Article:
GEORGE RITZER [continued]: People like to do it.They see it as an extra source of income.But it's dramatically changing the--and it's also, of course, a realm of prosumption, right?The people using their own cars to produce ridesfor other people, people using their own apartments to producerentals for other people.

    • 16:53

      GEORGE RITZER [continued]: And the same people who might driveUber cars or using Uber cars are the same peoplewho might rent Airbnb apartments or rentingtheir own apartments.So it's this fluidity between production and consumption herewhich brings us back to prosumption.But the big problem is it's not real sharing.

    • 17:14

      GEORGE RITZER [continued]: It's organizations that have come to co-opt thisand to become profitable.So all the money's gone to Uber.Uber's got $50 billion.People who are driving those carsare not making anything like $50 billion.[What conclusions can you make about how society is changing?]Well I think of it actually in terms

    • 17:37

      GEORGE RITZER [continued]: of the McDonaldization of society argument,and that is that they're obvious benefitsto us in McDonald's, but also in all these other systems.So we see it as more efficient to use McDonald's,to use, to use Airbnb-- calculable,predictable, and controllable.So the four dimensions of McDonaldization apply here,

    • 18:02

      GEORGE RITZER [continued]: and so we see these benefits to it-- calculability, lower cost.We think McDonald's, we think, doesn't cost us very much.Some of these other entities we believeare getting a lower cost.But what we don't ever see in thisis what Max Weber called the irrationality of rationality.

    • 18:24

      GEORGE RITZER [continued]: There are always these irrational aspectsto these systems.I mean, I've talked a lot about doing work for nothing,enriching people, not realizing that you're doing it.It's one of the irrationalities of this system,from the point of view of why aren't we sharing?Why aren't we sharing in Facebook's enormous wealth?Or's enormous wealth?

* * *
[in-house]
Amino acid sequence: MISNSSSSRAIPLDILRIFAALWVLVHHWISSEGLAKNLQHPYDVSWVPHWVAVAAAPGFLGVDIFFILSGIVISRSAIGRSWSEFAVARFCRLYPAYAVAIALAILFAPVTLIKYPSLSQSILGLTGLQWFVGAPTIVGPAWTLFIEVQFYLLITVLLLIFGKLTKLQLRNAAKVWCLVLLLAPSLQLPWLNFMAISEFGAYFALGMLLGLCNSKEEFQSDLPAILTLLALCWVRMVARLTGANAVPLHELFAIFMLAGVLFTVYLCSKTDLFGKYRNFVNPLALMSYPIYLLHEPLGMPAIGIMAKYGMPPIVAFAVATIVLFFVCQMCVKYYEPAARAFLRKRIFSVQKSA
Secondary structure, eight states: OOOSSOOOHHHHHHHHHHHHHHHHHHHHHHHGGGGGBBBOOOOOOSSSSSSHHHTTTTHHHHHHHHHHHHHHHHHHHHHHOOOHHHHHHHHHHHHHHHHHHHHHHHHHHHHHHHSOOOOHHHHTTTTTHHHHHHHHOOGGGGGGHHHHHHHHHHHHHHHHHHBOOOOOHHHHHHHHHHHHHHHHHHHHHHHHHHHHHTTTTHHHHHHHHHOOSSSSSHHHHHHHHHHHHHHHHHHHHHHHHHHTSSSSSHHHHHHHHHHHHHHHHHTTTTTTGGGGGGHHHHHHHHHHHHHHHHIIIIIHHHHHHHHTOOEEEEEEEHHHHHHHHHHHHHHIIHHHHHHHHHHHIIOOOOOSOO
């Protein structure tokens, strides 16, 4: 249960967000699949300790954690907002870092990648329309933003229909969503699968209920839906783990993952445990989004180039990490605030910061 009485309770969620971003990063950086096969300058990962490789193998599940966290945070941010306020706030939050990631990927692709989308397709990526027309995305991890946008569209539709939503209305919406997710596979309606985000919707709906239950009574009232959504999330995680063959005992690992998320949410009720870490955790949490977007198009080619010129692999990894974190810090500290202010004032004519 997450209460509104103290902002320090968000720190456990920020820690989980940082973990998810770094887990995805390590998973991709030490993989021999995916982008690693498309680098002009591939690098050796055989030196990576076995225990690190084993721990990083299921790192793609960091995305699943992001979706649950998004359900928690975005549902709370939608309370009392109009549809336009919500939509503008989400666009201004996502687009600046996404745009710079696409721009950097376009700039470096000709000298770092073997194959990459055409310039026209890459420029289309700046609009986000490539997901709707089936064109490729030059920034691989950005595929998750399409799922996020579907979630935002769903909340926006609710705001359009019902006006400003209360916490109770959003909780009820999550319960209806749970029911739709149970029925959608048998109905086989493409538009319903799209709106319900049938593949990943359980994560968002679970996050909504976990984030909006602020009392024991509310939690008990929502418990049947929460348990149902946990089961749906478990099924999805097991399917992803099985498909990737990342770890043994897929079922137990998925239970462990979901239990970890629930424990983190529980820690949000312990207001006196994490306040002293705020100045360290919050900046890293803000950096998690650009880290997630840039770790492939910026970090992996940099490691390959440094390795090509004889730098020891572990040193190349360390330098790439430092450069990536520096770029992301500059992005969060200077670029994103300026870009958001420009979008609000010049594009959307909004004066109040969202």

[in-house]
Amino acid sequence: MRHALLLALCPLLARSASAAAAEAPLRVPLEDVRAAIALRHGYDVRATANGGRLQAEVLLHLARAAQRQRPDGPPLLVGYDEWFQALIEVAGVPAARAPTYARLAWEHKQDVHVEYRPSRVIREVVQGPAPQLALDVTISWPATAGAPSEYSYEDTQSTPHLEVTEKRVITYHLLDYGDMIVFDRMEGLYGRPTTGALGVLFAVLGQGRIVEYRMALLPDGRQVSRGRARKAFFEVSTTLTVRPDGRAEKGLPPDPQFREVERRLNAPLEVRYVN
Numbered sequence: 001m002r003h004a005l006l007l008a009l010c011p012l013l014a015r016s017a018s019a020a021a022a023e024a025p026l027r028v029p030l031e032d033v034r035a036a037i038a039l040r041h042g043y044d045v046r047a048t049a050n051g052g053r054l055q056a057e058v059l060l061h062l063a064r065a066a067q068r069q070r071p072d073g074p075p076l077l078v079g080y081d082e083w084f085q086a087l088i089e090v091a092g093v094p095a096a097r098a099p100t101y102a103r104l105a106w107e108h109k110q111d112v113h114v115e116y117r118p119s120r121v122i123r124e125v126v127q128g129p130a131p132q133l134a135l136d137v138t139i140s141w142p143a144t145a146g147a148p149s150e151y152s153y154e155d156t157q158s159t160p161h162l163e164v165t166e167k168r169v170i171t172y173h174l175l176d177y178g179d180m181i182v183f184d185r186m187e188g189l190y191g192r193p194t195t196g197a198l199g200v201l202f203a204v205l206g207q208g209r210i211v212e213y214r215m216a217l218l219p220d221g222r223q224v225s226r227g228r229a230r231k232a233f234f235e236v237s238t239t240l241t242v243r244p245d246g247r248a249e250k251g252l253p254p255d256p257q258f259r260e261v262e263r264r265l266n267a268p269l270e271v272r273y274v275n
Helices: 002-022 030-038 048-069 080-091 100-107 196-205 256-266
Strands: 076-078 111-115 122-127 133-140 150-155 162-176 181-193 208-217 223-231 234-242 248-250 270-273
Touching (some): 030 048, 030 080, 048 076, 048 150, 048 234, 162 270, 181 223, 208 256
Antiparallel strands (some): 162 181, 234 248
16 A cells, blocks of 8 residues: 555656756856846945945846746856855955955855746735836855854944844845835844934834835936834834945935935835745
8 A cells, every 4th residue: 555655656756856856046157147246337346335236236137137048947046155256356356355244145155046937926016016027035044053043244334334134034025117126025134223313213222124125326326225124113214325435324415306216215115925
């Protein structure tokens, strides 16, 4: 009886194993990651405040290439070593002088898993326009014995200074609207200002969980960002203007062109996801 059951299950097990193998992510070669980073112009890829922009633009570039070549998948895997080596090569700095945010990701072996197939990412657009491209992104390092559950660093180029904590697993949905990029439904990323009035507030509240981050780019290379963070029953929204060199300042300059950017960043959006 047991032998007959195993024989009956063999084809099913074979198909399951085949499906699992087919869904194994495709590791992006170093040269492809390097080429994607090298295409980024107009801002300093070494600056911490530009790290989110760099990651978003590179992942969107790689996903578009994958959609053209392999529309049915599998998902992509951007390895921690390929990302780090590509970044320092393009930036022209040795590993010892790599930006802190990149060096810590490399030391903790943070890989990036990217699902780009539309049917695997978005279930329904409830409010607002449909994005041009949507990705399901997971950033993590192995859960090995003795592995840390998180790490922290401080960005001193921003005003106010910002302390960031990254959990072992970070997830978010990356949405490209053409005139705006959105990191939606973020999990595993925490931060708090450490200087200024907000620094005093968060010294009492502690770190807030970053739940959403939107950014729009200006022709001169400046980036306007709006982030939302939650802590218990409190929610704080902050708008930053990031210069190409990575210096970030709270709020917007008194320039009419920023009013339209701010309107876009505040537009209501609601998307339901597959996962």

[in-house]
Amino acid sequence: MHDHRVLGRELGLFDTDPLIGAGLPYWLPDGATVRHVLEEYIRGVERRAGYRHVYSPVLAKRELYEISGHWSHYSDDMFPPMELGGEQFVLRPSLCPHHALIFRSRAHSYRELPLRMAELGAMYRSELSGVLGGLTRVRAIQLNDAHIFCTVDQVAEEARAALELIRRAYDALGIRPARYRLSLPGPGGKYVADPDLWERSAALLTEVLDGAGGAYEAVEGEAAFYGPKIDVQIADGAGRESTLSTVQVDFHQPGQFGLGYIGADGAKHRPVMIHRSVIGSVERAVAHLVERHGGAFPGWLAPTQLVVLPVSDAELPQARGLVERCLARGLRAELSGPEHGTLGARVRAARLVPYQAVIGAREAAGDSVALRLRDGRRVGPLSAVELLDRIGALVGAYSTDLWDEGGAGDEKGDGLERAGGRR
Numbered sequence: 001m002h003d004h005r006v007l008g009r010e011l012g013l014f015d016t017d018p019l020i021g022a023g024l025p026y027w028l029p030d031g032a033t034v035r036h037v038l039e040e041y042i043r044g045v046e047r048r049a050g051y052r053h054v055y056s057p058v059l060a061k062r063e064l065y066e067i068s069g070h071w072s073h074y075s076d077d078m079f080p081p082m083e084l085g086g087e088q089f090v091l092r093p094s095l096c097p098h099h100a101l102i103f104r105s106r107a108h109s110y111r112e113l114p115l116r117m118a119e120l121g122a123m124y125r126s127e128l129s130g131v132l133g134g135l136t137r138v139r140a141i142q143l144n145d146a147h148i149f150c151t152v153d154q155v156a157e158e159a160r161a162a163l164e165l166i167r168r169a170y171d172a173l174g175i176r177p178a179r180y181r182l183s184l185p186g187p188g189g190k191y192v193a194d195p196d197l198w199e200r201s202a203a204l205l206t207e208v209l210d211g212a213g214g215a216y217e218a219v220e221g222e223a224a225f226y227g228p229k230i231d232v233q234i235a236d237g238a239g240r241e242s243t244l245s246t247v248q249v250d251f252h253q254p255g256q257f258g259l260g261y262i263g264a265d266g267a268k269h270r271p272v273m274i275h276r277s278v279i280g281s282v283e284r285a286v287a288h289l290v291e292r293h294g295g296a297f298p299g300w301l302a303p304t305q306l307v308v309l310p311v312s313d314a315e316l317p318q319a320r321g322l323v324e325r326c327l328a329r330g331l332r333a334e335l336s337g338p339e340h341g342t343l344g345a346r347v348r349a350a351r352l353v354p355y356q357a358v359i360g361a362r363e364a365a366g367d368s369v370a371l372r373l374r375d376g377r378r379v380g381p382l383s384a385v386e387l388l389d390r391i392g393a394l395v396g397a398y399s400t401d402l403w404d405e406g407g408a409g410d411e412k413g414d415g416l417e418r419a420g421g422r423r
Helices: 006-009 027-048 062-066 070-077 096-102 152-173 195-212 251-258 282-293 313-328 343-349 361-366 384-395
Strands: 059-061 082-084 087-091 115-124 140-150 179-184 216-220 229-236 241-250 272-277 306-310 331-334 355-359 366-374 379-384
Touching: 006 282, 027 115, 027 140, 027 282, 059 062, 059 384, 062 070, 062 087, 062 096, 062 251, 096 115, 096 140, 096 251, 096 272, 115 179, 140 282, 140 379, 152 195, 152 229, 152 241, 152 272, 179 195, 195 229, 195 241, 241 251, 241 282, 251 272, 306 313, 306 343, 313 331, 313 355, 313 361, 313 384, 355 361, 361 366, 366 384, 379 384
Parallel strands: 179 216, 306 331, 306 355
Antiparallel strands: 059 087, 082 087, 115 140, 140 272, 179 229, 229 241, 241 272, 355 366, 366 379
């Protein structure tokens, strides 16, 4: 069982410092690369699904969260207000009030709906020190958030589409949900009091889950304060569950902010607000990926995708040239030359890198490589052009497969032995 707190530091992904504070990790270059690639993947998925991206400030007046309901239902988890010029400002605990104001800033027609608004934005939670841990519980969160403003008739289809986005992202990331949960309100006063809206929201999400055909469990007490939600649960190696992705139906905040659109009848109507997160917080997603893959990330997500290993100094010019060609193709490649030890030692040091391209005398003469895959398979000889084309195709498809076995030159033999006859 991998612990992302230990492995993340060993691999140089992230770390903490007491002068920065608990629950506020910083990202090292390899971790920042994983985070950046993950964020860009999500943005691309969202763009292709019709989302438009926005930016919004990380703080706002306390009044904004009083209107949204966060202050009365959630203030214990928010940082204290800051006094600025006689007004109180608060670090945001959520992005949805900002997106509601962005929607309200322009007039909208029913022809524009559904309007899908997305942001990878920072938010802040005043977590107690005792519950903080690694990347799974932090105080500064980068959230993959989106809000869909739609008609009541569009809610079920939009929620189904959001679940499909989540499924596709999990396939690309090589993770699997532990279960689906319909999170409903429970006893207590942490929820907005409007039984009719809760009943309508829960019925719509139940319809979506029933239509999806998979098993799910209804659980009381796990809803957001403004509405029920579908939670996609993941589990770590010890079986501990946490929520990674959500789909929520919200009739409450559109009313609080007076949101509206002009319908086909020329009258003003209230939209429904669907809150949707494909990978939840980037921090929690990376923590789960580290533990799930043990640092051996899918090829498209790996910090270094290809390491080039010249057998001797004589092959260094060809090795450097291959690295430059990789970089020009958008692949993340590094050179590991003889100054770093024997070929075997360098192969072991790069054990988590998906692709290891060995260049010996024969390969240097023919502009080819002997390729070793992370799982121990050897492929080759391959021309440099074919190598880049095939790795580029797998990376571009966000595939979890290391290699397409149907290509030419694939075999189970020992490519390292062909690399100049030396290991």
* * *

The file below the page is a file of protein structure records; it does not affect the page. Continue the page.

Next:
• 18:47

      GEORGE RITZER [continued]: I mean, we're producing it, really.We're giving it to them and we're not getting anythingin return for it.So I think it's historically the casethat these systems have these advantages,these rationalities.But we seem not able to see is the irrationalities

    • 19:09

      GEORGE RITZER [continued]: of these rational systems.When I write about McDonald's, people say, Idon't see what the problem is.I love McDonald's.And food is good.It's cheap.It's tasty.What are you?You crazy?There's not really a problem here.So people don't see the irrationalities of it.They don't see the irrationalitiesof drive-through windows, where you're becoming the garbage man

    • 19:34

      GEORGE RITZER [continued]: for McDonald's, because now they don't-- they need fewer peopleto get rid of garbage, because you're taking your garbage withyou.And you either toss it in the backseatuntil it's filled up with garbage,or you've got to go someplace to dispose of the garbage.And so people don't see themselvesas-- they see the convenience of nothaving to get out of the car.They can eat while they're driving somewhere else.

    • 19:55